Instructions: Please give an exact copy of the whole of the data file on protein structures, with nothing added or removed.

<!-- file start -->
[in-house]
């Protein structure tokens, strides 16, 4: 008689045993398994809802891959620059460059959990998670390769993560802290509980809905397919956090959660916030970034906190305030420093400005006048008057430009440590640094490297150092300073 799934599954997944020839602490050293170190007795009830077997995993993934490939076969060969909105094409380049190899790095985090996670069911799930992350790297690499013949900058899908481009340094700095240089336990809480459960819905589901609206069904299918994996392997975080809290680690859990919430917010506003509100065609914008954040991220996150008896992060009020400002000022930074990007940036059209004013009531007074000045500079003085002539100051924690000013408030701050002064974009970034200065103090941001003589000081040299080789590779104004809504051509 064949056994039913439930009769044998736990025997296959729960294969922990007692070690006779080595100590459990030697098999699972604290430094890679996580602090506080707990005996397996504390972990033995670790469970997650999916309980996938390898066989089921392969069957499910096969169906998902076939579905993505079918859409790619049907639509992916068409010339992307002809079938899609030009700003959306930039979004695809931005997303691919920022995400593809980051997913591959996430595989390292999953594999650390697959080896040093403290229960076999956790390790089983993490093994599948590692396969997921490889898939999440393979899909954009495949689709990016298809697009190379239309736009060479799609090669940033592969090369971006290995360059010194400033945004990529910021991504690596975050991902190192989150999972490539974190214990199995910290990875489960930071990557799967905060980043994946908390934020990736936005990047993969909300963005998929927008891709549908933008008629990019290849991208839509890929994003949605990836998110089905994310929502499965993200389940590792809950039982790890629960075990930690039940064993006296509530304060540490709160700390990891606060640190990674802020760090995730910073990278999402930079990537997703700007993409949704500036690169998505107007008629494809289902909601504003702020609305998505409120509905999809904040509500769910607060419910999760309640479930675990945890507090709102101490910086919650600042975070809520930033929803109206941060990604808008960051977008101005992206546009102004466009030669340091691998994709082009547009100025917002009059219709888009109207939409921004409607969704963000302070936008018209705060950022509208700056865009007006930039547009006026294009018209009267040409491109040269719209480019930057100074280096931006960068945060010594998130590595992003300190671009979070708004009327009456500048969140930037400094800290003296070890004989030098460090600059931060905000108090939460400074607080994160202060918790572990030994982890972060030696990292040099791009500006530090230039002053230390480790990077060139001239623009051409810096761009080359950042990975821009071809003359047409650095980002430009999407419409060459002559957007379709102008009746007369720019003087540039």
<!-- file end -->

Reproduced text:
[in-house]
């Protein structure tokens, strides 16, 4: 008689045993398994809802891959620059460059959990998670390769993560802290509980809905397919956090959660916030970034906190305030420093400005006048008057430009440590640094490297150092300073 799934599954997944020839602490050293170190007795009830077997995993993934490939076969060969909105094409380049190899790095985090996670069911799930992350790297690499013949900058899908481009340094700095240089336990809480459960819905589901609206069904299918994996392997975080809290680690859990919430917010506003509100065609914008954040991220996150008896992060009020400002000022930074990007940036059209004013009531007074000045500079003085002539100051924690000013408030701050002064974009970034200065103090941001003589000081040299080789590779104004809504051509 064949056994039913439930009769044998736990025997296959729960294969922990007692070690006779080595100590459990030697098999699972604290430094890679996580602090506080707990005996397996504390972990033995670790469970997650999916309980996938390898066989089921392969069957499910096969169906998902076939579905993505079918859409790619049907639509992916068409010339992307002809079938899609030009700003959306930039979004695809931005997303691919920022995400593809980051997913591959996430595989390292999953594999650390697959080896040093403290229960076999956790390790089983993490093994599948590692396969997921490889898939999440393979899909954009495949689709990016298809697009190379239309736009060479799609090669940033592969090369971006290995360059010194400033945004990529910021991504690596975050991902190192989150999972490539974190214990199995910290990875489960930071990557799967905060980043994946908390934020990736936005990047993969909300963005998929927008891709549908933008008629990019290849991208839509890929994003949605990836998110089905994310929502499965993200389940590792809950039982790890629960075990930690039940064993006296509530304060540490709160700390990891606060640190990674802020760090995730910073990278999402930079990537997703700007993409949704500036690169998505107007008629494809289902909601504003702020609305998505409120509905999809904040509500769910607060419910999760309640479930675990945890507090709102101490910086919650600042975070809520930033929803109206941060990604808008960051977008101005992206546009102004466009030669340091691998994709082009547009100025917002009059219709888009109207939409921004409607969704963000302070936008018209705060950022509208700056865009007006930039547009006026294009018209009267040409491109040269719209480019930057100074280096931006960068945060010594998130590595992003300190671009979070708004009327009456500048969140930037400094800290003296070890004989030098460090600059931060905000108090939460400074607080994160202060918790572990030994982890972060030696990292040099791009500006530090230039002053230390480790990077060139001239623009051409810096761009080359950042990975821009071809003359047409650095980002430009999407419409060459002559957007379709102008009746007369720019003087540039």